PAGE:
Table 7.3 Heterogeneity test results 3
Dependent Variable  Tracking Error (ETFNAV %) 
 (1)  (2) 
  
ETF Illiquidity  1070.789***  0.170 
 (293.86)  (0.26) 
Individual Percentage  0.131*  0.080 
 (0.07)  (0.06) 
Interaction  1835.086  6.231*** 
 (1955.36)  (2.25) 
Shares Outstanding (in ¥billions)  0.001  0.002 
 (0.00)  (0.01) 
Trading Volume (in ¥billions)  0.019  0.299** 
 (0.03)  (0.14) 
Expense Ratio (%)  0.145*  0.077 
 (0.08)  (0.44) 
Index Volatility  12.077***  0.001*** 
 (3.44)  (0.00) 
Holder Number (in thousands)  1.082  166.315*** 
 (0.97)  (46.82) 
Short Selling  0.017  0.027 
 (0.02)  (0.03) 
Cash &Deposit Ratio  1.717**  0.426*** 
 (0.82)  (0.14) 
Requisition Ratio  0.126***  0.015 
 (0.02)  (0.01) 
Replicated  0.000  0.057** 
 (.)  (0.03) 
  
Yearmonth Fixed Effects  YES  YES 
Fund Fixed Effects  YES  YES 
  
Nobs.  886  2281 
Adjusted R^{2}  0.356  0.674 
1. ***, **, and * indicate significance at the 1%, 5%, and 10% levels respectively, and the robust standard errors after clustering are in parentheses. 2. Column (1) results in holding diversified funds, and column (2) results in holding concentrated funds.
7.4 Underlying asset trading market
At present, the domestic trading markets include the Shanghai Stock Exchange, Shenzhen Stock Exchange and Beijing Stock Exchange. Due to the different trading activity of different exchanges, the liquidity of crossmarket funds and singlemarket funds is different. Combined with the main regression results, the following hypotheses are put forward:
H4: The interaction term between the proportion of retail investors in crossmarket funds and ETF liquidity has a greater impact on ETF tracking error.
Based on the above assumptions, if the fund's underlying asset trading market is greater than 1, the fund is classified as a crossmarket fund, otherwise it is a singlemarket fund. The regression results are shown in Table 7.4.
Table 7.4 Heterogeneity test results 4
Dependent Variable  Tracking Error (ETFNAV %) 
 (1)  (2) 
  
ETF Illiquidity  3.521*  0.117 
 (1.85)  (0.32) 
Individual Percentage  0.050  0.067 
 (0.04)  (0.13) 
Interaction  26.469***  5.402 
 (8.84)  (3.52) 
Shares Outstanding (in ¥billions)  0.004  0.001 
 (0.00)  (0.00) 
Trading Volume (in ¥billions)  0.117*  0.081* 
 (0.07)  (0.04) 
Expense Ratio (%)  0.487  0.332*** 
 (0.66)  (0.11) 
Index Volatility  0.001***  0.001*** 
 (0.00)  (0.00) 
Holder Number (in thousands)  2.940  0.771 
 (2.96)  (1.28) 
Short Selling  0.001  0.027 
 (0.02)  (0.04) 
Cash &Deposit Ratio  0.389***  0.558 
 (0.13)  (0.44) 
Requisition Ratio  0.053***  0.029 
 (0.02)  (0.02) 
Replicated  0.000  0.000 
 (.)  (.) 
  
Yearmonth Fixed Effects  YES  YES 
Fund Fixed Effects  YES  YES 
  
Nobs.  2381  831 
Adjusted R^{2}  0.578  0.624 
1.***, **, and * indicate significance at the 1%, 5%, and 10% levels respectively, and the robust standard errors after clustering are in parentheses. 2. The result in column (1) is a crossmarket fund, and the result in column (2) is a singlemarket fund.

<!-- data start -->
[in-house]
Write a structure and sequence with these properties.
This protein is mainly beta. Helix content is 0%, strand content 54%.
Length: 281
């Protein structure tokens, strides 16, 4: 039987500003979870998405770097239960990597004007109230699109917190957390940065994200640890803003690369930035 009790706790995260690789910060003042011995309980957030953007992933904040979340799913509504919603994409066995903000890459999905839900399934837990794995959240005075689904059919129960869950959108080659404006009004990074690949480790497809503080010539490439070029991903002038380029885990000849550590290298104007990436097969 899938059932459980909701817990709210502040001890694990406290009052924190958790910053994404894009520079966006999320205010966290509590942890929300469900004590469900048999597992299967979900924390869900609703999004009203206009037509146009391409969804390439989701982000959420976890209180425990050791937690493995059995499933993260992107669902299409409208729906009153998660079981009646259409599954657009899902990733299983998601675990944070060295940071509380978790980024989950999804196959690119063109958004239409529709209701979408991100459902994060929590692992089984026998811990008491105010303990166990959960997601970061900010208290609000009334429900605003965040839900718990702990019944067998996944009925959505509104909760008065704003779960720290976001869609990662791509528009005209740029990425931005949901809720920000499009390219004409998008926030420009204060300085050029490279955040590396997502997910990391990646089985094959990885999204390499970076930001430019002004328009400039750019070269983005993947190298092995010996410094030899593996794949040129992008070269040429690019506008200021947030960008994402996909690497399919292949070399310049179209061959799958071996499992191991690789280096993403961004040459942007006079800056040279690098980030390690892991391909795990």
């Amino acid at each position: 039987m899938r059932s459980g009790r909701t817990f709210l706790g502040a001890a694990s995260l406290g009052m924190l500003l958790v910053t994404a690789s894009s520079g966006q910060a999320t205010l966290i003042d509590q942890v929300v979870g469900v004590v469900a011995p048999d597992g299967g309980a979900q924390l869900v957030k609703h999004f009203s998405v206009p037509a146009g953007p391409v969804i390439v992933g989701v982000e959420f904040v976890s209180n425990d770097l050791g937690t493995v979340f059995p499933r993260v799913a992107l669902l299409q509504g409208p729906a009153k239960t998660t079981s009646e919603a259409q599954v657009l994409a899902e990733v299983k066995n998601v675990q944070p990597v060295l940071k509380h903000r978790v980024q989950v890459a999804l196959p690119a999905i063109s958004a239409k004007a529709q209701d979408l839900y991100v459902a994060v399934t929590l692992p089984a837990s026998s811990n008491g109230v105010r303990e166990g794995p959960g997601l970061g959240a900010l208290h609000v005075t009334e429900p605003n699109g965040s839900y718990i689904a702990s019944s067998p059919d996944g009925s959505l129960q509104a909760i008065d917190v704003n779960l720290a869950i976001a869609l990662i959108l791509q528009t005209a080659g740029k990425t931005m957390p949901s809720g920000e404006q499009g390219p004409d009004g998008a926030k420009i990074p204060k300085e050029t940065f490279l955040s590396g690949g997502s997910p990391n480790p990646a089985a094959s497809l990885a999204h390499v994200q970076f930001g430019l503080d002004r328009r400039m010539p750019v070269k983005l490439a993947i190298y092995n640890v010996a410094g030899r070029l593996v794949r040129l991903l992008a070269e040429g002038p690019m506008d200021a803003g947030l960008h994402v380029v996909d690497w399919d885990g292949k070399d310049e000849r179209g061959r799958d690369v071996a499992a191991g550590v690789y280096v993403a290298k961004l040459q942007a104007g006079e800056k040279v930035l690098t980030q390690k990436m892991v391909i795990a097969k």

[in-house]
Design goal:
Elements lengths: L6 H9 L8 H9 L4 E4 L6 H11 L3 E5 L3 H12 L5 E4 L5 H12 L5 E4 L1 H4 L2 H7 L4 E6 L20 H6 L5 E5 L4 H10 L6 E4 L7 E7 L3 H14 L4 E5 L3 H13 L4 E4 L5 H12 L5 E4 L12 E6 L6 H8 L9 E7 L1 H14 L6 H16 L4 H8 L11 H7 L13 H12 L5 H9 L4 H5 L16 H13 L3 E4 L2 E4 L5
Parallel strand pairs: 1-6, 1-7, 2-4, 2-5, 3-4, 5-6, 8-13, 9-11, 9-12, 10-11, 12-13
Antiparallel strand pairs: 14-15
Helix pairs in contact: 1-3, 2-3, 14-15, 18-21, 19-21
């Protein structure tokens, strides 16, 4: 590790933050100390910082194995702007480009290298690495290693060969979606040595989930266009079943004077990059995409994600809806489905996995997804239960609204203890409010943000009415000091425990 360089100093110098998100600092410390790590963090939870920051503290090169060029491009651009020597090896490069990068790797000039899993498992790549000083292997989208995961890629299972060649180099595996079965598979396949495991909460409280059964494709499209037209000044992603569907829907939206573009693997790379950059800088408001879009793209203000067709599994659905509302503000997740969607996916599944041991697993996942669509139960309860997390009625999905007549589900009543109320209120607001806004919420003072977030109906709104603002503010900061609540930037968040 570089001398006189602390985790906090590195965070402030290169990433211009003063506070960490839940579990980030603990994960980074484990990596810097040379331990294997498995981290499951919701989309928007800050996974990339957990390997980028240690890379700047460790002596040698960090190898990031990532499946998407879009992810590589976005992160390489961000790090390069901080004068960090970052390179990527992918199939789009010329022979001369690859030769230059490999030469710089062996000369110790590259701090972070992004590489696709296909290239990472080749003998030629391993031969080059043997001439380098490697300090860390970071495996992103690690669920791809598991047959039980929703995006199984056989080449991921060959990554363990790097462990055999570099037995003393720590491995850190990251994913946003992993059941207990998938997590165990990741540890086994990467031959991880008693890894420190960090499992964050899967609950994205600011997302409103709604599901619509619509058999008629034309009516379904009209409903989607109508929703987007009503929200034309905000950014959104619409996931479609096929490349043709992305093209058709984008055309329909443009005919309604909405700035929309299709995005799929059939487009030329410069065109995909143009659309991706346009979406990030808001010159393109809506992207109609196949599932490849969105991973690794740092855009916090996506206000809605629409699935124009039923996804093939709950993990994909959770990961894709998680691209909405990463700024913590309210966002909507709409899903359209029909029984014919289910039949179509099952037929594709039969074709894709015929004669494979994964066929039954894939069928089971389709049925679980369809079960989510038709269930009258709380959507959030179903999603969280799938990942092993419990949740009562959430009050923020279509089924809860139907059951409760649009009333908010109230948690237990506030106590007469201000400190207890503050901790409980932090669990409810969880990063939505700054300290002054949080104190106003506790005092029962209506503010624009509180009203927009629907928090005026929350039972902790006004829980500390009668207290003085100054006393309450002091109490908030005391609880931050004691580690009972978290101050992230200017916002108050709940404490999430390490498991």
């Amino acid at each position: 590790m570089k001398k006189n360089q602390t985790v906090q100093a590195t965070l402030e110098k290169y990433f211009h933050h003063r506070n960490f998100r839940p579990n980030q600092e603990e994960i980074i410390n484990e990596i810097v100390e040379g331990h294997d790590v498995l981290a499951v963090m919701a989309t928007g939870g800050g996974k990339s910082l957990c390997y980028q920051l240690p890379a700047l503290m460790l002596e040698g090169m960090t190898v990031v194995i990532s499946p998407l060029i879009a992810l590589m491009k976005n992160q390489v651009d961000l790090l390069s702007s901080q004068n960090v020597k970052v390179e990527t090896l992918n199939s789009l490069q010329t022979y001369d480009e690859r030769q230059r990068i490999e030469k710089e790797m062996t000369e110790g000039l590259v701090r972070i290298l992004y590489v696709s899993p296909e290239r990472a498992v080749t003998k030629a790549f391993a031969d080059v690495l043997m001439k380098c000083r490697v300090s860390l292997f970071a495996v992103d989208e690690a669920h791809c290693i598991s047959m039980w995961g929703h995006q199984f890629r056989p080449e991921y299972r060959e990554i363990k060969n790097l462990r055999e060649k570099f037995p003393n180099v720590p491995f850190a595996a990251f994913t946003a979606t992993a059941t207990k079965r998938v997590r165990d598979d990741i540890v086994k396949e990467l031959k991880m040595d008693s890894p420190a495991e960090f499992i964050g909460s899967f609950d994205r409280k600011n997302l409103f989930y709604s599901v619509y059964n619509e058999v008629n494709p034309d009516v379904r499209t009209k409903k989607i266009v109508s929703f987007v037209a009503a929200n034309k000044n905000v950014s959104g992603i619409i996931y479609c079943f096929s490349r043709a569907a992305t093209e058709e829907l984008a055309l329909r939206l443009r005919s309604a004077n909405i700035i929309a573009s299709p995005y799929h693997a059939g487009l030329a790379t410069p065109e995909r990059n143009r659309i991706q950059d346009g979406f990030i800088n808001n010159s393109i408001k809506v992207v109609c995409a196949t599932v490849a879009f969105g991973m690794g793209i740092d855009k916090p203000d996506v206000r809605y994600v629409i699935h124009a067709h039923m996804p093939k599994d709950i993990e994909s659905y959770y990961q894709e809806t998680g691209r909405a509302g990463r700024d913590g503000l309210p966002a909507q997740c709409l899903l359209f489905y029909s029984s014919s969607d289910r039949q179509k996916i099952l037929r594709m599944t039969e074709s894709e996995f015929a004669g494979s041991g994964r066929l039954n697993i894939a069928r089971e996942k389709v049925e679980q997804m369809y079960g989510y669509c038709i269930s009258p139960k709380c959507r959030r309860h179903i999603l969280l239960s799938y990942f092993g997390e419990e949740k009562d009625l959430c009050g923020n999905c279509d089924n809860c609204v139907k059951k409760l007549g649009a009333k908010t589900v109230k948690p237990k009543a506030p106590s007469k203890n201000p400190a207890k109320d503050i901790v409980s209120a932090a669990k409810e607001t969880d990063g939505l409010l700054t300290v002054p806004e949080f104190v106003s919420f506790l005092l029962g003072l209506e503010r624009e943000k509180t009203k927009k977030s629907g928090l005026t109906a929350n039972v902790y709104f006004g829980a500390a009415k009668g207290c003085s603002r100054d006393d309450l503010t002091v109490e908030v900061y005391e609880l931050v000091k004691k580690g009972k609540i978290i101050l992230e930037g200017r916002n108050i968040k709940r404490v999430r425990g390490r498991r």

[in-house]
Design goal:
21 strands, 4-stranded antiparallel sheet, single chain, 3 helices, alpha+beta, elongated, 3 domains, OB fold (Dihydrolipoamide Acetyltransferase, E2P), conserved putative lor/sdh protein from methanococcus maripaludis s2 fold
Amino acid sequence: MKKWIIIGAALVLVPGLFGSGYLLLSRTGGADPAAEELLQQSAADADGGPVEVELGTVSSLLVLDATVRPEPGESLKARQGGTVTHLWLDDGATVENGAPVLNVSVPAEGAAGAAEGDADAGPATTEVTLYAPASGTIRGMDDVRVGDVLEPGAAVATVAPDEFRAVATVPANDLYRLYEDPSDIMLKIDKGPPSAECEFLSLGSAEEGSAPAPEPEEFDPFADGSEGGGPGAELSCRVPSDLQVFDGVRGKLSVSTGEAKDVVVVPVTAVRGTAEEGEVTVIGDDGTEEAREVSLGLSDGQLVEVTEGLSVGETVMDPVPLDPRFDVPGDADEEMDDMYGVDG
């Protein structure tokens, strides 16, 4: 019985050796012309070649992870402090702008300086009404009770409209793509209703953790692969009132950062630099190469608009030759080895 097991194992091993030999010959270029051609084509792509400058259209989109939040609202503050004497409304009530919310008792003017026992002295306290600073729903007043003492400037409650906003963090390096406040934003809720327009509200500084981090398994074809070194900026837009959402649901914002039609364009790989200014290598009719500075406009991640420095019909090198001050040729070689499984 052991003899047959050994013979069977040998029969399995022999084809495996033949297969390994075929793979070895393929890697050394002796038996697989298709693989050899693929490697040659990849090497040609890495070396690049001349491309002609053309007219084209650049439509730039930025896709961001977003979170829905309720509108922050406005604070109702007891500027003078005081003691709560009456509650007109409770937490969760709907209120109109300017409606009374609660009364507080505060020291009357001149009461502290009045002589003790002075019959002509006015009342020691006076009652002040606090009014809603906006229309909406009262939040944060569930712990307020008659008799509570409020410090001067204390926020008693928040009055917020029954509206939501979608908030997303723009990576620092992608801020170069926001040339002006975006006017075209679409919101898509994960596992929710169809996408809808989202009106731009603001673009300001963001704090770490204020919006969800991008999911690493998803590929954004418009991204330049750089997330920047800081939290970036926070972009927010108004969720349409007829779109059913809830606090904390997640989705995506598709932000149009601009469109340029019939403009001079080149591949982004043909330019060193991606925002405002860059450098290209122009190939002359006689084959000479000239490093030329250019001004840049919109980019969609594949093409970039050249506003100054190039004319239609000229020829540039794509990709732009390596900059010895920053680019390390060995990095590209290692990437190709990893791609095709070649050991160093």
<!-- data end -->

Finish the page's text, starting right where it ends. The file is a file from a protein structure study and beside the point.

Chapter 8 Summary and Reflection
This article delves into the relationship between retail holdings, ETF (exchangetraded fund) liquidity, and ETF tracking error. The study found two important conclusions: First, there is a positive relationship between the liquidity of ETFs and their tracking errors, that is, ETFs with less liquidity tend to exhibit larger tracking errors. Secondly, when retail investors hold more ETFs, the ETFs they hold have a more significant impact on the relationship between liquidity and tracking error.
Overall, this research is of great significance for understanding the operating mechanism of the ETF market and the impact of retail investment behavior. Compared with the U.S. ETF market, China's ETF market started late. Tracking error is one of the important angles to measure ETF risks. Carrying out relevant research will be helpful and meaningful to the supervision and product innovation of domestic ETFs.
For retail investors, this research sheds light on the risks they may face when holding multiple ETFs, especially among less liquid ETFs. Understanding and recognizing this correlation can help retail investors choose their investment portfolios more carefully, thereby reducing investment risks and increasing investment returns.
For ETF issuers and market regulators, the findings highlight the importance of liquidity management. Especially in ETFs with poor liquidity, measures should be taken to improve market liquidity to reduce ETF tracking errors and maintain the stability and healthy development of the market. In addition, for regulatory agencies, understanding the phenomenon that liquidity has a more significant impact on tracking error when retail investors hold multiple ETFs will help to formulate relevant policies and regulations more accurately to protect the rights and interests of retail investors and the market. of stability.
Future research directions can further explore the following aspects: First, consider expanding the research sample to cover more different types of ETFs and retail investors to verify the universality of the research results. Secondly, other factors that may affect ETF liquidity and tracking errors, such as market volatility, transaction costs, etc., can be further explored to build a more comprehensive model. In addition, the future development trends of the ETF market can also be discussed, especially the possible changes in the operating model of ETFs and investor behavior under the influence of emerging fields such as digital finance and intelligent investment.
The findings of this paper provide investors, regulatory agencies and academia with clues to an indepth understanding of the ETF market. It also enriches the research directions and conclusions of ETFrelated research. It is hoped that it can help provide certain reference and reference for future related research and market supervision. Enlightenment